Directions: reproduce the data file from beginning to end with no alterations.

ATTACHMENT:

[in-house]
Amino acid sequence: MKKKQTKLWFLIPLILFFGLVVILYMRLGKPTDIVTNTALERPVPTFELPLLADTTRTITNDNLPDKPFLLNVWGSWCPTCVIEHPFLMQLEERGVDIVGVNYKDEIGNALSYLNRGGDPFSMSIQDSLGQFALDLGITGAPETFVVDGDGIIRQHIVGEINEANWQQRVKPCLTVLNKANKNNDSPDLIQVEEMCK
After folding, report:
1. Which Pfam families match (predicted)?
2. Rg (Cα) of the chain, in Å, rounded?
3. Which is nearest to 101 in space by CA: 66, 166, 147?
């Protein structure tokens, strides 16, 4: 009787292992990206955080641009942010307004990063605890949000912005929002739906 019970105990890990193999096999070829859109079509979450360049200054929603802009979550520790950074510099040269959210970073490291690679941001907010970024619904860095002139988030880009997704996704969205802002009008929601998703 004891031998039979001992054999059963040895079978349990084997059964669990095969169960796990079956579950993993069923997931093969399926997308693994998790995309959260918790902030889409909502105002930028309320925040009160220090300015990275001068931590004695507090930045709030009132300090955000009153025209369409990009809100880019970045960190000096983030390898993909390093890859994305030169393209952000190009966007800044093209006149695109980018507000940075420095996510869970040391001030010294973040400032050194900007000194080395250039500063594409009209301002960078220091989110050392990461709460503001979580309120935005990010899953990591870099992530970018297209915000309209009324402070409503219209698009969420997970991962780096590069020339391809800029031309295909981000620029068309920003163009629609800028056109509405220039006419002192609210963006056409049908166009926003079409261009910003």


[in-house]
Amino acid sequence: MKKKQTKLWFLIPLILFFGLVVILYMRLGKPTDIVTNTALERPVPTFELPLLADTTRTITNDNLPDKPFLLNVWGSWCPTCVIEHPFLMQLEERGVDIVGVNYKDEIGNALSYLNRGGDPFSMSIQDSLGQFALDLGITGAPETFVVDGDGIIRQHIVGEINEANWQQRVKPCLTVLNKANKNNDSPDLIQVEEMCK
After folding, report:
1. Which Pfam families match (predicted)?
2. Rg (Cα) of the chain, in Å, rounded?
3. Which is nearest to 101 in space by CA: 66, 166, 147?
């Protein structure tokens, strides 16, 4: 009787292992990206955080641009942010307004990063605890949000912005929002739906 019970105990890990193999096999070829859109079509979450360049200054929603802009979550520790950074510099040269959210970073490291690679941001907010970024619904860095002139988030880009997704996704969205802002009008929601998703 004891031998039979001992054999059963040895079978349990084997059964669990095969169960796990079956579950993993069923997931093969399926997308693994998790995309959260918790902030889409909502105002930028309320925040009160220090300015990275001068931590004695507090930045709030009132300090955000009153025209369409990009809100880019970045960190000096983030390898993909390093890859994305030169393209952000190009966007800044093209006149695109980018507000940075420095996510869970040391001030010294973040400032050194900007000194080395250039500063594409009209301002960078220091989110050392990461709460503001979580309120935005990010899953990591870099992530970018297209915000309209009324402070409503219209698009969420997970991962780096590069020339391809800029031309295909981000620029068309920003163009629609800028056109509405220039006419002192609210963006056409049908166009926003079409261009910003």